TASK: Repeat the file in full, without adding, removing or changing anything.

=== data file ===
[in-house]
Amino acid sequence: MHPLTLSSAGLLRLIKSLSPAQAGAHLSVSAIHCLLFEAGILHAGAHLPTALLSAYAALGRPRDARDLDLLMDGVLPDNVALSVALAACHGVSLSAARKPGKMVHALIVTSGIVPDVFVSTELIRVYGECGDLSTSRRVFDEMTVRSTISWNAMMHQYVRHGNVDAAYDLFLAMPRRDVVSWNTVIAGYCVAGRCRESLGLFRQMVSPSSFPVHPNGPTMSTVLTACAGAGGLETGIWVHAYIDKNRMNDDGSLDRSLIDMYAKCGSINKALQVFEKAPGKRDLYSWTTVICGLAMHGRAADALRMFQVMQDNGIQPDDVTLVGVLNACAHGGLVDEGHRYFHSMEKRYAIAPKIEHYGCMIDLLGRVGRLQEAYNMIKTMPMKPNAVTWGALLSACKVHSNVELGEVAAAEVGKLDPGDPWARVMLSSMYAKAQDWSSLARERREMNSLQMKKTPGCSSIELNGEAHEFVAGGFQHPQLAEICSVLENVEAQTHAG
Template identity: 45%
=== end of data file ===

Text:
[in-house]
Amino acid sequence: MHPLTLSSAGLLRLIKSLSPAQAGAHLSVSAIHCLLFEAGILHAGAHLPTALLSAYAALGRPRDARDLDLLMDGVLPDNVALSVALAACHGVSLSAARKPGKMVHALIVTSGIVPDVFVSTELIRVYGECGDLSTSRRVFDEMTVRSTISWNAMMHQYVRHGNVDAAYDLFLAMPRRDVVSWNTVIAGYCVAGRCRESLGLFRQMVSPSSFPVHPNGPTMSTVLTACAGAGGLETGIWVHAYIDKNRMNDDGSLDRSLIDMYAKCGSINKALQVFEKAPGKRDLYSWTTVICGLAMHGRAADALRMFQVMQDNGIQPDDVTLVGVLNACAHGGLVDEGHRYFHSMEKRYAIAPKIEHYGCMIDLLGRVGRLQEAYNMIKTMPMKPNAVTWGALLSACKVHSNVELGEVAAAEVGKLDPGDPWARVMLSSMYAKAQDWSSLARERREMNSLQMKKTPGCSSIELNGEAHEFVAGGFQHPQLAEICSVLENVEAQTHAG
Template identity: 45%